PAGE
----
I first became interested in the Carter Center after reading about Rosalynn Carter’s mental health initiative while researching the reduction of stigma pertaining to mental illness. An internship with the Democracy program at the Carter Center gave me the unique chance to combine my interests in policy, disability rights, and international standards. My internship focused on examining the gaps in international law pertaining to persons with disabilities, and how elections can be made more accessible so that persons with disabilities can gain representation in society. My tasks included writing policy briefings, updating online resources for persons with disabilities, and translating documents into French. One of the most rewarding projects I had was developing a quantitative analysis of election observers’ findings in order to establish a relationship between electoral integrity and election results. I now hope to continue this work by studying social policy in graduate school.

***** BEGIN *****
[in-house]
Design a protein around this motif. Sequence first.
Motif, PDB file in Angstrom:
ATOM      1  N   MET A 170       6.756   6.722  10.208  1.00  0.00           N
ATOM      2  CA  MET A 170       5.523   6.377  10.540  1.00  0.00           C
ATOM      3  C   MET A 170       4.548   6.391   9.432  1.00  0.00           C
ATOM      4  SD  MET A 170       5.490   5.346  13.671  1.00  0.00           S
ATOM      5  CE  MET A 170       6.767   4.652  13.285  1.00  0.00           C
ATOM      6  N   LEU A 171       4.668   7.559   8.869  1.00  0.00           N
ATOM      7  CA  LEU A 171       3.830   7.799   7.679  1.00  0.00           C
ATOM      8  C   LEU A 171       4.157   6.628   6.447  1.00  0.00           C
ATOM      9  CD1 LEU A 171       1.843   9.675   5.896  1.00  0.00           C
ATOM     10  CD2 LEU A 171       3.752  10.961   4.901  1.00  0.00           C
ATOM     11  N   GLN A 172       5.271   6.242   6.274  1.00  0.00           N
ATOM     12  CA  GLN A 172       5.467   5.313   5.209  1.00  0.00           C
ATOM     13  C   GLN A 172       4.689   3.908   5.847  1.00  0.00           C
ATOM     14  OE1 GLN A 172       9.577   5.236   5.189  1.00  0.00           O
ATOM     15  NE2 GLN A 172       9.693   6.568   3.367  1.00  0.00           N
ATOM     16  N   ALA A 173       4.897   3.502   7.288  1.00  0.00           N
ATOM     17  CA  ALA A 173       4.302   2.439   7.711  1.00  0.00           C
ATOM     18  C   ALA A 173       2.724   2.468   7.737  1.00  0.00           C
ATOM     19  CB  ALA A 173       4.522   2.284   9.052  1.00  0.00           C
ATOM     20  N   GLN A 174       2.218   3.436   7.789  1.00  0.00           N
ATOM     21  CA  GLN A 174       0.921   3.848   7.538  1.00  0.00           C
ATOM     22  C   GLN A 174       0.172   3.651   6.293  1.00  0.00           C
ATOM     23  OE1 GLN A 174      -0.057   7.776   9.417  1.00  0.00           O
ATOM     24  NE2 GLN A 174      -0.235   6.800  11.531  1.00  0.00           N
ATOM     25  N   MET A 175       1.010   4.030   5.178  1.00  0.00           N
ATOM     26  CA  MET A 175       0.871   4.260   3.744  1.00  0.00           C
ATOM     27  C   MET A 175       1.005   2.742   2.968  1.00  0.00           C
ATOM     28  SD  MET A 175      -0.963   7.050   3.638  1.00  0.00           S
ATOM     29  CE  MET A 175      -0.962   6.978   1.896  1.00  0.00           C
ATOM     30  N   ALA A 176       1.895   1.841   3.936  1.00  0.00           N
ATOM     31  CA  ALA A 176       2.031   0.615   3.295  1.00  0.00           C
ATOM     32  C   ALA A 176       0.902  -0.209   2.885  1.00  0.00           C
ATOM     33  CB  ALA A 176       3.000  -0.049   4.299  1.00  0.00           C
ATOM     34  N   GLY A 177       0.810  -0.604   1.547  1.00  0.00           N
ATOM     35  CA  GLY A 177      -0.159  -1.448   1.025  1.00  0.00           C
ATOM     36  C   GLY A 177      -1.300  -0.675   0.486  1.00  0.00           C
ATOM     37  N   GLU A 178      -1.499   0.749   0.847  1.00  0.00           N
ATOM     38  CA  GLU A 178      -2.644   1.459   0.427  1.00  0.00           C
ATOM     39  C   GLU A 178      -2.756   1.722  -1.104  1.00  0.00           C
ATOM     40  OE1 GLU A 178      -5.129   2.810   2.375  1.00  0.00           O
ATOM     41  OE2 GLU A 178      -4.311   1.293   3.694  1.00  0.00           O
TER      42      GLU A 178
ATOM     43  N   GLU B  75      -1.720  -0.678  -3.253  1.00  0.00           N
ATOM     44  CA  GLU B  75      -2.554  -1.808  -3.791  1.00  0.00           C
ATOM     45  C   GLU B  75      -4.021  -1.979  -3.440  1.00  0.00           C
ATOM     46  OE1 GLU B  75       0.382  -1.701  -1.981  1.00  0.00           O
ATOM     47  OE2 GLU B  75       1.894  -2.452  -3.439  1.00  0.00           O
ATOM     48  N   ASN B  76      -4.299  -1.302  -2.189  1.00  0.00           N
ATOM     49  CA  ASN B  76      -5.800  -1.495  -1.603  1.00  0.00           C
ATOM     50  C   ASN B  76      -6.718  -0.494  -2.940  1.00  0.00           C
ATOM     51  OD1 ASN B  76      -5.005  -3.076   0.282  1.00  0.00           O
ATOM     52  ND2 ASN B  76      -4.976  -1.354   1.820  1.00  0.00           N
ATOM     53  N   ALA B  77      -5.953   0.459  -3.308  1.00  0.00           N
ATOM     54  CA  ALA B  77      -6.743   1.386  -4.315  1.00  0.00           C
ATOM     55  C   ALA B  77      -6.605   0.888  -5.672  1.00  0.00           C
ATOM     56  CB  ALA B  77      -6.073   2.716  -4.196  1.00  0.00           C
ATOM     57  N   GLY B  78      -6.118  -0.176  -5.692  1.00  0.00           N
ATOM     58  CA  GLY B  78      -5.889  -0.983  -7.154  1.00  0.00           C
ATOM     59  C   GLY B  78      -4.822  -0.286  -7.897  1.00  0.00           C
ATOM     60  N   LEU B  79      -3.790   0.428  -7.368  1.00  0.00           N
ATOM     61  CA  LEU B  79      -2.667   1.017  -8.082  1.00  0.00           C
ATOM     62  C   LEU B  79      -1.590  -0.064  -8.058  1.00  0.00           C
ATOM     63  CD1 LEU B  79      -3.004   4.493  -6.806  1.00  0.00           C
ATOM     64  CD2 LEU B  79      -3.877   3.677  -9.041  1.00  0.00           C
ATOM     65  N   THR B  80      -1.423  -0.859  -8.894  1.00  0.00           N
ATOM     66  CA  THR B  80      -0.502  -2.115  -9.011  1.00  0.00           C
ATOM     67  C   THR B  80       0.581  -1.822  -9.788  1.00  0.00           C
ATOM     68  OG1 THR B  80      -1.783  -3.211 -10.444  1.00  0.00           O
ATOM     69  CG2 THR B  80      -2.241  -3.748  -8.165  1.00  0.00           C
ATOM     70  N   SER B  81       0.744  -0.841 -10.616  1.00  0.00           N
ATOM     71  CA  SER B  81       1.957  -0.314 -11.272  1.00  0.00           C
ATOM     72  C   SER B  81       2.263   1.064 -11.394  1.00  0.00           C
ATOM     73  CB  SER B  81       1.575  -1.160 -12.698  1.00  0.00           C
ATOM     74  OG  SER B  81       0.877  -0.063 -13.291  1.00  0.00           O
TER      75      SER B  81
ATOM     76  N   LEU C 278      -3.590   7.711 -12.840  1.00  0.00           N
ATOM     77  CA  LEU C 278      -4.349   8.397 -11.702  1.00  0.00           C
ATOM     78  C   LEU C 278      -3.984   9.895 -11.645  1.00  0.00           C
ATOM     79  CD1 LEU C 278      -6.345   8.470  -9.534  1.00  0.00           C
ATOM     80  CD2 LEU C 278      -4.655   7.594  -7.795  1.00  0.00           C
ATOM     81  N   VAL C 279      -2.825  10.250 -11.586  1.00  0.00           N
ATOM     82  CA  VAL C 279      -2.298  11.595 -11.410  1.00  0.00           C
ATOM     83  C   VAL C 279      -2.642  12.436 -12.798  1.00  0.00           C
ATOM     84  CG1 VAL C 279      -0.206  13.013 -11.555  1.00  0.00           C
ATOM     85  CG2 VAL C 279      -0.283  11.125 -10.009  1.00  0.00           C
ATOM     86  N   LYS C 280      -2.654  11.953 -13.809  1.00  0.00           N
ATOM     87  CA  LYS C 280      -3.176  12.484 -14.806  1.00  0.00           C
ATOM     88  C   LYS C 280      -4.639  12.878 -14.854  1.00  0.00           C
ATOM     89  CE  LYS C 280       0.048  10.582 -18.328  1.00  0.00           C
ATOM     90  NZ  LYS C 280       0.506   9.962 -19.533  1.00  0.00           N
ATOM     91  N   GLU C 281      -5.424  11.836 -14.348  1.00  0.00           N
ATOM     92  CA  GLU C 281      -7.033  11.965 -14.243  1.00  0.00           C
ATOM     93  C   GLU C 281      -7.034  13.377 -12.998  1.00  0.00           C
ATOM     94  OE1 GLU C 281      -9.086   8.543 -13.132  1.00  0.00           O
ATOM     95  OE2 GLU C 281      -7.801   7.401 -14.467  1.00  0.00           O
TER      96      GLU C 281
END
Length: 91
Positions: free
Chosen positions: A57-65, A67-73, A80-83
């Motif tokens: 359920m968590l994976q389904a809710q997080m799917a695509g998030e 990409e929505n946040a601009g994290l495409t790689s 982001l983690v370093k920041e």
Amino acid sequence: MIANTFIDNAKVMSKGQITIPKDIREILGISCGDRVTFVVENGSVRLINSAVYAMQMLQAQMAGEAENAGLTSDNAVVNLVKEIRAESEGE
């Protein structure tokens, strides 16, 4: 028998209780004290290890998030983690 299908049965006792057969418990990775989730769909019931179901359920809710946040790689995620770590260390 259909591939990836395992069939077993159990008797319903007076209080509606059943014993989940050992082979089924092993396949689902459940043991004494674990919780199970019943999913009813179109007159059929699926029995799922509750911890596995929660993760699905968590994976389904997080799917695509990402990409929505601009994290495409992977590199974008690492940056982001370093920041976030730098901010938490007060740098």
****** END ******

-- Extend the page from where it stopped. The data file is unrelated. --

This summer has been an incredibly fulfilling life experience. Outside of work, I was able to participate in Habitat for Humanity. I attended Sunday Bible School taught by Jimmy Carter, visited his childhood home, and had personal conversations with him pertaining to my future aspirations. It was an honor to learn from President Carter as I have always admired his dedication to human rights and his unwavering commitment to public service. I hope to emulate his dedication to public service.
The Carter Center does an excellent job of providing interns with concrete skills that are not necessarily taught in college environments. Additionally, interns are exposed weekly to global leaders such as the ex-Prime Minister of Canada, Ambassador Peters, and Former Minister of the Interior Juan Fernando. Through the Carter Center, interns are also able to participate in Habitat for Humanity, attend Sunday Bible School taught by Jimmy Carter, visit his childhood home, etc.